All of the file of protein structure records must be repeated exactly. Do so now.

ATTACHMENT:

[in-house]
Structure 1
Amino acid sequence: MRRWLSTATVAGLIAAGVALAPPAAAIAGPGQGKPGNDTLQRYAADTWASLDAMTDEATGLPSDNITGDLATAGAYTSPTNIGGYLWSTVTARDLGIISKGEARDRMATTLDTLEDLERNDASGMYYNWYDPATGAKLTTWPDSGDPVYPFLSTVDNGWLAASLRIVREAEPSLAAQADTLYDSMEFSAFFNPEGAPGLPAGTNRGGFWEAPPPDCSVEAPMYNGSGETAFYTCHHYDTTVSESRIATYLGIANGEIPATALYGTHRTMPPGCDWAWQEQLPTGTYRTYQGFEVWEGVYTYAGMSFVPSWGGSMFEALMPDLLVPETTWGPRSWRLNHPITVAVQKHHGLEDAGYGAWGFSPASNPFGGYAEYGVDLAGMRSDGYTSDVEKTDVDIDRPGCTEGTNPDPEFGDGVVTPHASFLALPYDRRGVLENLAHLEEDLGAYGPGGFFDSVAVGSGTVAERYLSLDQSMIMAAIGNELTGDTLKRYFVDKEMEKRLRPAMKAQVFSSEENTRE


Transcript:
[in-house]
Structure 1
Amino acid sequence: MRRWLSTATVAGLIAAGVALAPPAAAIAGPGQGKPGNDTLQRYAADTWASLDAMTDEATGLPSDNITGDLATAGAYTSPTNIGGYLWSTVTARDLGIISKGEARDRMATTLDTLEDLERNDASGMYYNWYDPATGAKLTTWPDSGDPVYPFLSTVDNGWLAASLRIVREAEPSLAAQADTLYDSMEFSAFFNPEGAPGLPAGTNRGGFWEAPPPDCSVEAPMYNGSGETAFYTCHHYDTTVSESRIATYLGIANGEIPATALYGTHRTMPPGCDWAWQEQLPTGTYRTYQGFEVWEGVYTYAGMSFVPSWGGSMFEALMPDLLVPETTWGPRSWRLNHPITVAVQKHHGLEDAGYGAWGFSPASNPFGGYAEYGVDLAGMRSDGYTSDVEKTDVDIDRPGCTEGTNPDPEFGDGVVTPHASFLALPYDRRGVLENLAHLEEDLGAYGPGGFFDSVAVGSGTVAERYLSLDQSMIMAAIGNELTGDTLKRYFVDKEMEKRLRPAMKAQVFSSEENTRE